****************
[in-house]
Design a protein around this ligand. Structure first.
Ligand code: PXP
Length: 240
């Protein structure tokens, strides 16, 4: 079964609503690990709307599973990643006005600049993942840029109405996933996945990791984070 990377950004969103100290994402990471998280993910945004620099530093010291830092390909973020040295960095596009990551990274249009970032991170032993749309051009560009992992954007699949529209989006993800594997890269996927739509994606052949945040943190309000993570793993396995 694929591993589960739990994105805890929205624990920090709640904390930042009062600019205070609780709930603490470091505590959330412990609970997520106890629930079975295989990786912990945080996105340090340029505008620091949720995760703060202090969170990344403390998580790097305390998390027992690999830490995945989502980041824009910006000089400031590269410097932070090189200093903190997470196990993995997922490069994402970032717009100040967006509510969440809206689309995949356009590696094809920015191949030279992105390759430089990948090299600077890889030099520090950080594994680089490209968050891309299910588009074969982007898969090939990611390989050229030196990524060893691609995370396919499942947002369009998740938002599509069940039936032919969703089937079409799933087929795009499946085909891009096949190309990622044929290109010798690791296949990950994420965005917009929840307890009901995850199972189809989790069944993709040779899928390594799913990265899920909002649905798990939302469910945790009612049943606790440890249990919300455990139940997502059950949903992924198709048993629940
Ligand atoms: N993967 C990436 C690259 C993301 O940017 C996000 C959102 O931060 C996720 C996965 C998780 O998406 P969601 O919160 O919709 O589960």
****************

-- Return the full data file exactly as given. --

[in-house]
Design a protein around this ligand. Structure first.
Ligand code: PXP
Length: 240
């Protein structure tokens, strides 16, 4: 079964609503690990709307599973990643006005600049993942840029109405996933996945990791984070 990377950004969103100290994402990471998280993910945004620099530093010291830092390909973020040295960095596009990551990274249009970032991170032993749309051009560009992992954007699949529209989006993800594997890269996927739509994606052949945040943190309000993570793993396995 694929591993589960739990994105805890929205624990920090709640904390930042009062600019205070609780709930603490470091505590959330412990609970997520106890629930079975295989990786912990945080996105340090340029505008620091949720995760703060202090969170990344403390998580790097305390998390027992690999830490995945989502980041824009910006000089400031590269410097932070090189200093903190997470196990993995997922490069994402970032717009100040967006509510969440809206689309995949356009590696094809920015191949030279992105390759430089990948090299600077890889030099520090950080594994680089490209968050891309299910588009074969982007898969090939990611390989050229030196990524060893691609995370396919499942947002369009998740938002599509069940039936032919969703089937079409799933087929795009499946085909891009096949190309990622044929290109010798690791296949990950994420965005917009929840307890009901995850199972189809989790069944993709040779899928390594799913990265899920909002649905798990939302469910945790009612049943606790440890249990919300455990139940997502059950949903992924198709048993629940
Ligand atoms: N993967 C990436 C690259 C993301 O940017 C996000 C959102 O931060 C996720 C996965 C998780 O998406 P969601 O919160 O919709 O589960």